There are many ways to do flash photography with the Canon G9. I've given some examples here, here and here and will be giving more. As always, I recommend that you do as I do and follow Strobist for learning off-camera flash. Meanwhile, seeing the variation in the G9 flash display might help clear up some confusion.
With the G9 in Program mode, turn the built-in flash on, press the Function Set button and scroll down to the flash adjustments. The G9 display should look like this:
The idea here is that you can increase or decrease the flash effect as compared to what the G9 thinks it should have been. This adjustment is independent of the shutter speed or aperture selected by Program mode.
But if the G9 is in Manual exposure mode, the flash display looks like this:
In G9 Manual exposure mode, YOU control the amount of flash. It’s not difficult, take a trial shot and adjust the setting with the Control Dial. Unfortunately, the adjustments are limited to Full, 2/3 Full and 1/3 Full power.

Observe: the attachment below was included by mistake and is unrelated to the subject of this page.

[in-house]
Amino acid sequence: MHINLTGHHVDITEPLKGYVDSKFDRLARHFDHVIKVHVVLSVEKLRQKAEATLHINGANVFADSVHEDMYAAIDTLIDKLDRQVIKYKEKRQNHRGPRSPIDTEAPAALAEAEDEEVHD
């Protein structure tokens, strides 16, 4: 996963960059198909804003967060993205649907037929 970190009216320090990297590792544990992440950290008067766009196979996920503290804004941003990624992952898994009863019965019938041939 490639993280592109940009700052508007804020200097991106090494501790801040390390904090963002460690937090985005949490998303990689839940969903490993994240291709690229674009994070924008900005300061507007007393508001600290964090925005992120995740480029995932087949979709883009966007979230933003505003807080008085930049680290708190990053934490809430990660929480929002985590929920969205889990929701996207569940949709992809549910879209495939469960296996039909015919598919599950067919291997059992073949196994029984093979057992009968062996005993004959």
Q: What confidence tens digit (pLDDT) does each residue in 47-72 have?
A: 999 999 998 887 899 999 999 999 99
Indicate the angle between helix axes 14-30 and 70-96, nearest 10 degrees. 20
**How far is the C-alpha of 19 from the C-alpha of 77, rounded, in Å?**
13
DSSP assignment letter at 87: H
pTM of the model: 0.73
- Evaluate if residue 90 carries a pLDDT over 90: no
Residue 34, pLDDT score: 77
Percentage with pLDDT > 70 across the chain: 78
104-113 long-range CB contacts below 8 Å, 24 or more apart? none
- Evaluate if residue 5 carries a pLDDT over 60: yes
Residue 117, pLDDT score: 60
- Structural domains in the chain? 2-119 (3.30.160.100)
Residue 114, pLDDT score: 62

With external flash mounted on the G9, the display looks different. Here’s the display with a Canon 580EX mounted in the hotshoe; again, the G9 is in Manual exposure mode:
With the 580EX mounted and the G9 in Manual exposure, you still must manually adjust the flash; however, you can turn down the flash to 1/64 power (and to 1/128 with the 580EX II). The display is the same whether the 580EX is in ETTL or its own manual mode. It seems easier to me to leave the 580EX in ETTL and make the adjustment on the G9. A nice touch is that even older Canon flashes like the 420EX and 380EX that do not have manual adjustments on the flash can be adjusted with the G9 just like the 580EX.
If a non-Canon flash is mounted, the G9 display looks as shown below:
The flash adjustments are grayed out and are not usable. You’ll have to adjust the non-Canon flash through its own on-flash adjustment (if any). This isn’t particularly difficult; I do it frequently with a Nikon SB-28 and SB-24.
And yes, that’s a door frame in my illustration photos! All photos of the G9 taken with the old faithful G3.